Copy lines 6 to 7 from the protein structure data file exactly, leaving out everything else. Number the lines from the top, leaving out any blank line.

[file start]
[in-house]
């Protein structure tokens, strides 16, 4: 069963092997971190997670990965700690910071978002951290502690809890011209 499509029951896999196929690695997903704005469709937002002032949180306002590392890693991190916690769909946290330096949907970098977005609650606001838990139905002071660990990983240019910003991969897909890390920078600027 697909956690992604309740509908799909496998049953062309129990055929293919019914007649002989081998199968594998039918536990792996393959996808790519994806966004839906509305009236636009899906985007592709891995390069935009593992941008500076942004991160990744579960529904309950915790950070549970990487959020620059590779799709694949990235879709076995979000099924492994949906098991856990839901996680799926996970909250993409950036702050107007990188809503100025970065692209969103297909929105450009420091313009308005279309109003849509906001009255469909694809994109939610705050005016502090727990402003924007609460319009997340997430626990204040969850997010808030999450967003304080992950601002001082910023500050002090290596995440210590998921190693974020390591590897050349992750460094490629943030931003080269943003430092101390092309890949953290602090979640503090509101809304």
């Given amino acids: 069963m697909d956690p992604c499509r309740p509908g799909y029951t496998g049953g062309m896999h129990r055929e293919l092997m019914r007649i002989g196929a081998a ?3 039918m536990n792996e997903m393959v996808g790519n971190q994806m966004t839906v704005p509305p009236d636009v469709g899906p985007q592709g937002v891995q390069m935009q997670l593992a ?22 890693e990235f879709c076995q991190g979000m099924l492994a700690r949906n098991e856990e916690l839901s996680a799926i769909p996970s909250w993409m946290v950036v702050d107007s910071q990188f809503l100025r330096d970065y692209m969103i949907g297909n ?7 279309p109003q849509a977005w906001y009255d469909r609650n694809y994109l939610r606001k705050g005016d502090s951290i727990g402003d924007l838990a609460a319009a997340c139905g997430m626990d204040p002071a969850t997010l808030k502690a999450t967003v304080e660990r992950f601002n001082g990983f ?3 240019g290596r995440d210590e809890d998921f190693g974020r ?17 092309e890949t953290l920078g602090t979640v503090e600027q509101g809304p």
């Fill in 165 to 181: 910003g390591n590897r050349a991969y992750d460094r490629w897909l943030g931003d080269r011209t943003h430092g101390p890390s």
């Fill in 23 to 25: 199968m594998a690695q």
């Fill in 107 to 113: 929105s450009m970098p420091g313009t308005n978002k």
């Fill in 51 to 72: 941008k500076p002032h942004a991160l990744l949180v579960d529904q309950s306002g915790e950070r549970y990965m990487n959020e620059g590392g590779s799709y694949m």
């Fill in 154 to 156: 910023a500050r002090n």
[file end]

């Fill in 107 to 113: 929105s450009m970098p420091g313009t308005n978002k």
């Fill in 51 to 72: 941008k500076p002032h942004a991160l990744l949180v579960d529904q309950s306002g915790e950070r549970y990965m990487n959020e620059g590392g590779s799709y694949m």